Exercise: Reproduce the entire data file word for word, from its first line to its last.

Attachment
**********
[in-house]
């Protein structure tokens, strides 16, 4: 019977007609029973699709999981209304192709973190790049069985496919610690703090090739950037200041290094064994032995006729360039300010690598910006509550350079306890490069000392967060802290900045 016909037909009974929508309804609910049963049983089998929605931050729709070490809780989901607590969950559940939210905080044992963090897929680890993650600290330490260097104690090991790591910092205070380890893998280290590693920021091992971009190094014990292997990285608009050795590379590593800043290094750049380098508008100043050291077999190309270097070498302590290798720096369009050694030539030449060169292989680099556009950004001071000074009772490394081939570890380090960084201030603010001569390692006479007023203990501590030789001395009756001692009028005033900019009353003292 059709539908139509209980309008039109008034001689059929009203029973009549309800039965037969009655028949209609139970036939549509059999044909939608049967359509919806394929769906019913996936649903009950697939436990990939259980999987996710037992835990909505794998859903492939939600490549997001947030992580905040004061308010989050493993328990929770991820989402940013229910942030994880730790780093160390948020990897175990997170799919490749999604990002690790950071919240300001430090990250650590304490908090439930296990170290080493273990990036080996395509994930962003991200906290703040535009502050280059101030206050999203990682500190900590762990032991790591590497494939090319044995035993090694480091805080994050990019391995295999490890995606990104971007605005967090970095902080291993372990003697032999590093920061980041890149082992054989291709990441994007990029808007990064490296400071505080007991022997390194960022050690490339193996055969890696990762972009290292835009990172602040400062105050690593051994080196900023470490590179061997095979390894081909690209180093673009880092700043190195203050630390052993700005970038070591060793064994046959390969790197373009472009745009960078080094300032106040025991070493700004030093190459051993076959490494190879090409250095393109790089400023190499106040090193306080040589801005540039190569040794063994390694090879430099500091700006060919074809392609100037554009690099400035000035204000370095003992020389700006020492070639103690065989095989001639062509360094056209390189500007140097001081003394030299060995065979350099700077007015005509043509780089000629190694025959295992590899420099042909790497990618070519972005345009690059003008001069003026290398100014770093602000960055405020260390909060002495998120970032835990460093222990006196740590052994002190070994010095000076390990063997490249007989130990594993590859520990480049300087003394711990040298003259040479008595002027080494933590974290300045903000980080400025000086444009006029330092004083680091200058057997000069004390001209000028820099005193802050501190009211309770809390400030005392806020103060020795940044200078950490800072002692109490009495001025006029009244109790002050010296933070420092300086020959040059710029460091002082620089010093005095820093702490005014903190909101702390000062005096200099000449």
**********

[in-house]
């Protein structure tokens, strides 16, 4: 019977007609029973699709999981209304192709973190790049069985496919610690703090090739950037200041290094064994032995006729360039300010690598910006509550350079306890490069000392967060802290900045 016909037909009974929508309804609910049963049983089998929605931050729709070490809780989901607590969950559940939210905080044992963090897929680890993650600290330490260097104690090991790591910092205070380890893998280290590693920021091992971009190094014990292997990285608009050795590379590593800043290094750049380098508008100043050291077999190309270097070498302590290798720096369009050694030539030449060169292989680099556009950004001071000074009772490394081939570890380090960084201030603010001569390692006479007023203990501590030789001395009756001692009028005033900019009353003292 059709539908139509209980309008039109008034001689059929009203029973009549309800039965037969009655028949209609139970036939549509059999044909939608049967359509919806394929769906019913996936649903009950697939436990990939259980999987996710037992835990909505794998859903492939939600490549997001947030992580905040004061308010989050493993328990929770991820989402940013229910942030994880730790780093160390948020990897175990997170799919490749999604990002690790950071919240300001430090990250650590304490908090439930296990170290080493273990990036080996395509994930962003991200906290703040535009502050280059101030206050999203990682500190900590762990032991790591590497494939090319044995035993090694480091805080994050990019391995295999490890995606990104971007605005967090970095902080291993372990003697032999590093920061980041890149082992054989291709990441994007990029808007990064490296400071505080007991022997390194960022050690490339193996055969890696990762972009290292835009990172602040400062105050690593051994080196900023470490590179061997095979390894081909690209180093673009880092700043190195203050630390052993700005970038070591060793064994046959390969790197373009472009745009960078080094300032106040025991070493700004030093190459051993076959490494190879090409250095393109790089400023190499106040090193306080040589801005540039190569040794063994390694090879430099500091700006060919074809392609100037554009690099400035000035204000370095003992020389700006020492070639103690065989095989001639062509360094056209390189500007140097001081003394030299060995065979350099700077007015005509043509780089000629190694025959295992590899420099042909790497990618070519972005345009690059003008001069003026290398100014770093602000960055405020260390909060002495998120970032835990460093222990006196740590052994002190070994010095000076390990063997490249007989130990594993590859520990480049300087003394711990040298003259040479008595002027080494933590974290300045903000980080400025000086444009006029330092004083680091200058057997000069004390001209000028820099005193802050501190009211309770809390400030005392806020103060020795940044200078950490800072002692109490009495001025006029009244109790002050010296933070420092300086020959040059710029460091002082620089010093005095820093702490005014903190909101702390000062005096200099000449």